Was there a moment that made you realize you had to transition?
I had done a lot of things to try to cope with myself with busyness and accomplishments. But my depression was getting worse and worse as I got older. Sigrid told me she would be leaving me as soon as kids were out of the house. It wasn’t that she didn’t love me or had anyone else, but it was that my depression was killing her soul. When you have someone tell you that, it’s so heart-rending. That was the frame of what was about to happen.
One morning, Sigrid came into the bathroom while I was getting our younger daughter ready for school and mentioned she had to stop taking the estrogen pills her doctor put her on for menopause and was going to leave them in the medicine cabinet. I couldn’t help but look, and I knew they were the pills that transgender people use to transition, so I started stealing those pills one at a time. Almost immediately my depression lifted. I started cooking up a scheme to forge prescriptions to get hormones for myself. Then I woke up one morning and realized I was about to commit a felony. My license to practice counseling would’ve been suspended so my livelihood would’ve been taken away immediately. I realized I had been lying my whole life. I was just fed up. That was the day I started doing all kinds of things differently. I called a doctor in Baltimore who I knew was a worldwide expert in transgender people and started seeing a therapist. In my entire life, I had never planned to transition, but after a month, I knew I needed to. Had I known how hard it would be, I probably would not have done it. But if I had known how hard it would be and not done it, it would’ve been the worst mistake of my life.
When you transitioned, what made you want to stay ordained?
I had been ordained for well over 20 years, and my call didn’t really require me being ordained to feel like I was part of the church’s work in the world. The problem was my health insurance was tied to ordination and under my previous name. As a self-employed counselor with a severely disabled child whose medical expenses were typically hundreds of thousands of dollars a year, to lose [my insurance] would be an economic disaster. My committee tried to change my name with the presbytery and, of course, conservative members wanted nothing to do with it and said it needed further review. My committee finally came to me and asked if I would be okay if they could find a way to insure me and my daughter for the rest of our lives without my ordination.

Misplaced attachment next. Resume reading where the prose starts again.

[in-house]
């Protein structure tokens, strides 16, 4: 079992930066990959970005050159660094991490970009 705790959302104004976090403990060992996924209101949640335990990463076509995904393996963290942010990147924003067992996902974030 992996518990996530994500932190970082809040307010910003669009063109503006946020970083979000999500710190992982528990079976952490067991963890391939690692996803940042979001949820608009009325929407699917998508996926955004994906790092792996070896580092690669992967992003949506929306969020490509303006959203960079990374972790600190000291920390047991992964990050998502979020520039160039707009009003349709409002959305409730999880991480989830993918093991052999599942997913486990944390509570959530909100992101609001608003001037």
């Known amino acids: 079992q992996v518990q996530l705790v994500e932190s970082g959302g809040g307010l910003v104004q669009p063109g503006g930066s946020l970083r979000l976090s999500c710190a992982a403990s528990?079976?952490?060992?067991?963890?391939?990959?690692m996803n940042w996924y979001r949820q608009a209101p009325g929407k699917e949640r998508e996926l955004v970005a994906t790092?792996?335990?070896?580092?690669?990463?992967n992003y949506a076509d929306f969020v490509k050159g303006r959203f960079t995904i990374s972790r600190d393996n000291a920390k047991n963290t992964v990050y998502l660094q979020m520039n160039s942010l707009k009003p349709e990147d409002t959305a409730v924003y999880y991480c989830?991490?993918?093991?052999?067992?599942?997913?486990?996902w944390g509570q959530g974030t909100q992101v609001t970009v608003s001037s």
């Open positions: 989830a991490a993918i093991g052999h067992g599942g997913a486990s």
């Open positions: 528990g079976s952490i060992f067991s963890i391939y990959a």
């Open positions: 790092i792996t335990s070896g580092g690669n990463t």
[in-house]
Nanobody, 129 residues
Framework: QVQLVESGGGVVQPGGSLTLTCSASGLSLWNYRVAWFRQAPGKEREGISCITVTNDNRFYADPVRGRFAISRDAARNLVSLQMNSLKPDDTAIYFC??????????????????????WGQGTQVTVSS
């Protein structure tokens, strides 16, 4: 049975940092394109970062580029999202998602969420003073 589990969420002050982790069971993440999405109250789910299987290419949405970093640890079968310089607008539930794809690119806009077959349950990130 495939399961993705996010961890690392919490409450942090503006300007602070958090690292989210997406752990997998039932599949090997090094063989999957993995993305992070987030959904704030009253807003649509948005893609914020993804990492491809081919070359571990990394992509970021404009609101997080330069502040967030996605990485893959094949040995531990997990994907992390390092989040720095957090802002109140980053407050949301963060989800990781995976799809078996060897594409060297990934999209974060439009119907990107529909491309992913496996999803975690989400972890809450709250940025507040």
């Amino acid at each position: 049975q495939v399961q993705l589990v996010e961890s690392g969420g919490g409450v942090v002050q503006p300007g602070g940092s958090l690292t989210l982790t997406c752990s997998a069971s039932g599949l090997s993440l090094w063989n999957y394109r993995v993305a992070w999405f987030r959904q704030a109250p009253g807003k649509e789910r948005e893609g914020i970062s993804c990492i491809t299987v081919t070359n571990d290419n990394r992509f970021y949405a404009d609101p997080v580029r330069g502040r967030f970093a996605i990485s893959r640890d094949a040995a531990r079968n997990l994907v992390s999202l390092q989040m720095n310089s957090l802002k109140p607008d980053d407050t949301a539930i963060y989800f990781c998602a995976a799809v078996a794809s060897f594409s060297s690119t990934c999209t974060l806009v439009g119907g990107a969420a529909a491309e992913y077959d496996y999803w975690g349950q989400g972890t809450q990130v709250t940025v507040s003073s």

At the same time, I met this transgender woman who called me up right after the first newspaper story about this. We had a wonderful breakfast together, and she told me about her life and getting involved in a Presbyterian church right next to her retirement community. I had never met another transgender Presbyterian at that point. She said, “I didn’t think God wanted me to join the church because of who I am, because of what I am. That’s why when I saw a newspaper article about a Presbyterian minister who was like me, I just had to meet you.” It was an experience filled with grace. There I was witnessing with her that church was in fact a place for her, and there she was witnessing I did have a call to move on with my ministry. So I called up the committee and said I had to stay ordained. It was a big risk. The vote was close. If seven people had voted differently, I would’ve lost my ordination.
As a therapist, how do you recommend LGBTQ+ people cope during this politically volatile time?
In my opinion, people are coping really well. Folks are finding new hobbies, like podcasting for me. Also being of service helps. We have a lot of people who come to Atlanta from other parts of country because they believe it’s some kind of oasis for transgender people to be in. While you love being considered a friendly place for your community, that also puts a lot of strain on it. I have several clients who struggle even in good times to survive because food and shelter are an almost daily fear, so pandemic makes it doubly hard for them. A lot of help is needed, and getting involved in programs like that is one way of coping. I’ve helped raise some money for the Trans Housing Atlanta Program.